On September 5, 2019, California Governor Gavin Newsom signed into law AB-1065, which amends both California’s UETA and Insurance Code. The new law follows some ten years of exploratory easing of the restrictions on electronic records and signatures for a range of insurance use cases, beginning with certain property and casualty insurance documents (such as homeowners and auto insurance) and eventually including more sensitive documents (like notices of cancellations and life insurance notices). Citing a list of benefits achieved, AB 1065 removes the sunset provisions that had made these latter use cases only temporary. Electronic records and signatures can now be used for such notices indefinitely.
Similarly, on October 3, 2019, Newsom approved AB-596, which chips away at California UETA’s exemption for transactions involving motor vehicle recalls. The new law expressly permits new motor vehicle dealers to receive electronic authorization from consumers for any repair of a manufacturer recall (so long as such interactions are consistent with regulations adopted by the Bureau of Automotive Repair). This change eliminates the occasionally burdensome requirement for a consumer to appear repeatedly in person at a service center to approve a repair related to a safety recall.
New case law underscores the value of an e-signature audit trail
The new year had barely begun when a state appellate court, relying on evidence of an electronic agreement, overturned a lower court ruling based on jurisdictional grounds.
Designs for Health, Inc. v. Miller was a breach of contract matter over an agreement to sell health care products. The trial court dismissed the case, finding that the plaintiff had not established the court’s personal jurisdiction over defendant Miller, a California resident. The Appellate Court of Connecticut reversed the dismissal, basing jurisdiction on the “forum selection clause” in the agreement. The DocuSign audit trail and other evidence provided by plaintiff met its prima facie burden to establish personal jurisdiction over defendant (who, the court noted, had used DocuSign previously to sign agreements).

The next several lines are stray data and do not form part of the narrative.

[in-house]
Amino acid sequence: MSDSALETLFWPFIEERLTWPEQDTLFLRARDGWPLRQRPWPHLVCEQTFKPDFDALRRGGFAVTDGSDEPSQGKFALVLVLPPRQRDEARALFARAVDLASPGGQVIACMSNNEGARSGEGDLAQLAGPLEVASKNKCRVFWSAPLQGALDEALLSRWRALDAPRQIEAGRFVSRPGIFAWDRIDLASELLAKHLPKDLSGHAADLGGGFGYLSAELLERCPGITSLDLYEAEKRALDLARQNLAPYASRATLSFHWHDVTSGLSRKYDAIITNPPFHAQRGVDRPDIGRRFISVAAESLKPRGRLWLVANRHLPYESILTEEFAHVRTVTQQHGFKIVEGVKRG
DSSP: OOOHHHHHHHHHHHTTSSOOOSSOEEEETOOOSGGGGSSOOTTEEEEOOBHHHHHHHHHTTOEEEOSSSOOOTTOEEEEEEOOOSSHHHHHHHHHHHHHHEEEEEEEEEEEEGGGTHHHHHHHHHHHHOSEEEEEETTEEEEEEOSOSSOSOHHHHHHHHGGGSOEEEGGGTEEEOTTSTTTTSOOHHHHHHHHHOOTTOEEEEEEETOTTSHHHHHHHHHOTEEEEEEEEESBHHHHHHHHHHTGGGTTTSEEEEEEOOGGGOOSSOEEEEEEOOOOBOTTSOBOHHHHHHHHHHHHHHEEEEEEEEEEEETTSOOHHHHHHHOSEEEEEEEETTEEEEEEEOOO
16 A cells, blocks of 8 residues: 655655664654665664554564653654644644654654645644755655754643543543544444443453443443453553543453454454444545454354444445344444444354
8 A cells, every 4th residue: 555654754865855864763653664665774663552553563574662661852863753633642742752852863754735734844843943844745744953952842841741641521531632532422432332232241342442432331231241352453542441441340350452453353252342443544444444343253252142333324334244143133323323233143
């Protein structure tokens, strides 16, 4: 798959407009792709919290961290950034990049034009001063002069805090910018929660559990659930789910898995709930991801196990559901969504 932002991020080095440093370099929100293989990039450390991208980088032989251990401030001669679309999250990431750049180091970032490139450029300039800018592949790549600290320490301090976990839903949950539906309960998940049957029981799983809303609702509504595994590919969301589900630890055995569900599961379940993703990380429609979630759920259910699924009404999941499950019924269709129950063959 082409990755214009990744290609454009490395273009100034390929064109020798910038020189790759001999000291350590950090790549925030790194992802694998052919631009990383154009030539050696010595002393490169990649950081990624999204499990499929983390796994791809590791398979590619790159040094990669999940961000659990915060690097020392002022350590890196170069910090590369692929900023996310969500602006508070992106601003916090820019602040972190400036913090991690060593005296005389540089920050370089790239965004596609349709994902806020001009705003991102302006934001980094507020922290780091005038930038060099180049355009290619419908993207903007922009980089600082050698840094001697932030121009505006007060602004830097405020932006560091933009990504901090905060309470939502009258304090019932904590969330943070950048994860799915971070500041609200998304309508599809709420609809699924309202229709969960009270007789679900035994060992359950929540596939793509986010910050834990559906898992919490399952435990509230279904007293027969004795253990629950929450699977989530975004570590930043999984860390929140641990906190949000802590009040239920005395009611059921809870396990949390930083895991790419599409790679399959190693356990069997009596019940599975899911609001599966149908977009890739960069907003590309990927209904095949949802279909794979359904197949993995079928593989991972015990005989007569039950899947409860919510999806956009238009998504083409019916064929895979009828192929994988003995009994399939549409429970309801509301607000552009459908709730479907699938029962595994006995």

Later, in Loretta-Azuka v. Exeter Health Resources, Inc., the U.S. District Court for the District of New Hampshire granted summary judgment to the defendants in a breach of contract claim in the context of employment at a hospital. The court found the plaintiff’s “somewhat vague claim” of “forgery” performed by one or more of the defendants to be “wholly unsupported by the record,” as the plaintiff had reviewed and signed the relevant documents via her DocuSign account.
And, in Joseph v. Velocity, the Greatest Phone Company Ever, Inc., the U.S. District Court for the Northern District of Ohio approved the use of DocuSign for parties to opt into a class action. (Admittedly, class actions are a common use case for e-signature and this case is relatively unremarkable, but that title is just too wonderfully hyperbolic not to get honorable mention!)
So there are key highlights of the year in US e-signature law. May the doors continue to open in 2020, and may you all enjoy a healthy and happy New Year — and new decade!
Learn more about e-signature legality—across the US and across the globe.